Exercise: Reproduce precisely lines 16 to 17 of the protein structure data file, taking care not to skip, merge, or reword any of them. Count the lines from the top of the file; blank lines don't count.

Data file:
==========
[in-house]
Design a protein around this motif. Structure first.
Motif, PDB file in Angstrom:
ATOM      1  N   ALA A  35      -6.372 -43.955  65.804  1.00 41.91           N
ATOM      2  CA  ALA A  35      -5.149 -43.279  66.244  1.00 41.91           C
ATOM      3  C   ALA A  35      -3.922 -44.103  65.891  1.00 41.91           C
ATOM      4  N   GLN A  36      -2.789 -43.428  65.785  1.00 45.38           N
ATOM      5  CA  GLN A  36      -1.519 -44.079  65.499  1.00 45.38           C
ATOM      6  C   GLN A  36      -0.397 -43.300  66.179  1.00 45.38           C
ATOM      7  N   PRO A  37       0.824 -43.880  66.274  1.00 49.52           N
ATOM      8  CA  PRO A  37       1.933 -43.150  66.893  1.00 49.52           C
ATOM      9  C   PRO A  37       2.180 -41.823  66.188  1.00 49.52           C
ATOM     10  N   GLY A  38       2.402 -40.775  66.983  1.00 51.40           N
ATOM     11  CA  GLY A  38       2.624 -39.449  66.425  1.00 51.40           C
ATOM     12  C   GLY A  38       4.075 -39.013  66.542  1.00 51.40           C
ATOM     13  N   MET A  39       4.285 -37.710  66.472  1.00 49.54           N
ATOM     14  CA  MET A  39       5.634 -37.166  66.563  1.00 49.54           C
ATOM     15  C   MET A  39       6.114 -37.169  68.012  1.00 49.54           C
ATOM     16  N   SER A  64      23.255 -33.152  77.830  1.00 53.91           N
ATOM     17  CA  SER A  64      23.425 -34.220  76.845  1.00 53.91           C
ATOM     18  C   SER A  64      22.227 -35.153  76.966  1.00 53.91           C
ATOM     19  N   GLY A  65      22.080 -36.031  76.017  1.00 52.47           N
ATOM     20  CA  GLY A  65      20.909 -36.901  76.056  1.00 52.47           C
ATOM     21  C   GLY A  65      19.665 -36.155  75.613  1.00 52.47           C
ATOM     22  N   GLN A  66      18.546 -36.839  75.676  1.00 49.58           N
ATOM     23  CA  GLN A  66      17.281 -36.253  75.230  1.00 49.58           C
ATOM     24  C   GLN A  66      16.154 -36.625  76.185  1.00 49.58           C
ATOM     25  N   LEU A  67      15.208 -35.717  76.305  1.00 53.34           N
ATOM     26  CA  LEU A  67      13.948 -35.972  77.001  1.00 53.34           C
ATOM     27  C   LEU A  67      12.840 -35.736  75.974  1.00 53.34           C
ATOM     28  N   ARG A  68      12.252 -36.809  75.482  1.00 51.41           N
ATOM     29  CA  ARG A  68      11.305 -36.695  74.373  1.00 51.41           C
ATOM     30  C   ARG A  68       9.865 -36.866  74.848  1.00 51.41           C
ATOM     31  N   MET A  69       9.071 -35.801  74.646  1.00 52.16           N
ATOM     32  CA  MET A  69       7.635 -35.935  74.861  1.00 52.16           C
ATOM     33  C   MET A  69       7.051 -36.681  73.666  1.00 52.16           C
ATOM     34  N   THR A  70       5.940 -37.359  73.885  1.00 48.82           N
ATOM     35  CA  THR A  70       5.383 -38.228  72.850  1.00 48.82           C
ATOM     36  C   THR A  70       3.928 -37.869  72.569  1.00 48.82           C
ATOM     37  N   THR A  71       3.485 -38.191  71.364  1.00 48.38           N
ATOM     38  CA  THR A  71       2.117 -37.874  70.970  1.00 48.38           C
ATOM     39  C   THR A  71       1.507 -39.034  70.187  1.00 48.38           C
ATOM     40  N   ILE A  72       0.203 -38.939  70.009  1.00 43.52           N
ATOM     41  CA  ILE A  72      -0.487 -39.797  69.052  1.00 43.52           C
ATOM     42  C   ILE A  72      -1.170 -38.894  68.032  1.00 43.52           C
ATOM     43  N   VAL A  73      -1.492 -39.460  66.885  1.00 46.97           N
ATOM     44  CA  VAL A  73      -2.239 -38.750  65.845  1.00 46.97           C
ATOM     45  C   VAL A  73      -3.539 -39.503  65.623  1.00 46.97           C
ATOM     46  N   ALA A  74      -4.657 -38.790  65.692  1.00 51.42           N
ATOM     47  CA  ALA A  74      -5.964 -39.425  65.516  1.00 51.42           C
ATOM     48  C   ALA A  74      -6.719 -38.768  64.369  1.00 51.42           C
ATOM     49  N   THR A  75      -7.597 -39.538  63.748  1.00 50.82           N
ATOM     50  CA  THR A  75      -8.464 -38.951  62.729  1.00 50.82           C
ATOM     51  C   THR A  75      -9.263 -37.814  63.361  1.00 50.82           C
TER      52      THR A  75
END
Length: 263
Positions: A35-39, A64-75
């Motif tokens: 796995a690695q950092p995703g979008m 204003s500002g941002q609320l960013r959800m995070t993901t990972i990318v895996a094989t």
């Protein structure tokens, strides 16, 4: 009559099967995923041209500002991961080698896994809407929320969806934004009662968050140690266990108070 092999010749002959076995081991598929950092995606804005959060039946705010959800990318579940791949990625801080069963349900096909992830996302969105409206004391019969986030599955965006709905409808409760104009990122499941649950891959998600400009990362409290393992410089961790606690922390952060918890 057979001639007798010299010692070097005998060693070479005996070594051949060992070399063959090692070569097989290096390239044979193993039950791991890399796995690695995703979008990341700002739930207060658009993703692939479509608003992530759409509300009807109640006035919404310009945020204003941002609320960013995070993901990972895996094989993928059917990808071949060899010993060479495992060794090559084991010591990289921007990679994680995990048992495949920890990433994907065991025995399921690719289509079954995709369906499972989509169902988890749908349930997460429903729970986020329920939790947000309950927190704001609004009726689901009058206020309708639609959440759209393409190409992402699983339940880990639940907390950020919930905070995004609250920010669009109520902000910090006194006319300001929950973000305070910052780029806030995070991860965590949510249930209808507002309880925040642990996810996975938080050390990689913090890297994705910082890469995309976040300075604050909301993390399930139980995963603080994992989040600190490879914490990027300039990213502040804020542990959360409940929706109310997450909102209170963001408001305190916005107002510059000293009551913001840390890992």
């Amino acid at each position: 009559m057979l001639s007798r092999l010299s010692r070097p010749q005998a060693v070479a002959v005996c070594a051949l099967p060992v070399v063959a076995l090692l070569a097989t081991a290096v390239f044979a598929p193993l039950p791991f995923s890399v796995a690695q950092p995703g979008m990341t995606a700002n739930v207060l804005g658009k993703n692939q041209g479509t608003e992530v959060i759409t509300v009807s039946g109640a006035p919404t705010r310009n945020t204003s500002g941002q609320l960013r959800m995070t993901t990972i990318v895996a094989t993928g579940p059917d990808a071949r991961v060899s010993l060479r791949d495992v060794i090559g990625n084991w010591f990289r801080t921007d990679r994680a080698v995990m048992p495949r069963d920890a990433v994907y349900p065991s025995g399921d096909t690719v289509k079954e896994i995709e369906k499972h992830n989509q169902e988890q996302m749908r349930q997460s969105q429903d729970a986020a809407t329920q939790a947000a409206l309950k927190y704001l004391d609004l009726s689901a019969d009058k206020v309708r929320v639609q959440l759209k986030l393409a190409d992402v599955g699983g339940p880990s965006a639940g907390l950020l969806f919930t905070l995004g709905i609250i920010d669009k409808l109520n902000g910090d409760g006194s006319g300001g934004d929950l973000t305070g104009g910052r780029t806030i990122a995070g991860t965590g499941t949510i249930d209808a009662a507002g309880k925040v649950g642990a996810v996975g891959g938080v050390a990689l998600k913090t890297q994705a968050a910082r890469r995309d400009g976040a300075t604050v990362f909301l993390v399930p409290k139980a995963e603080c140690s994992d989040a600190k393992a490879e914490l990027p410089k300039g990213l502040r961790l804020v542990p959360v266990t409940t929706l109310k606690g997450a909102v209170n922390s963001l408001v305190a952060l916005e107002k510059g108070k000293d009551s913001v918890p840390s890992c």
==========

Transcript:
ATOM     13  N   MET A  39       4.285 -37.710  66.472  1.00 49.54           N
ATOM     14  CA  MET A  39       5.634 -37.166  66.563  1.00 49.54           C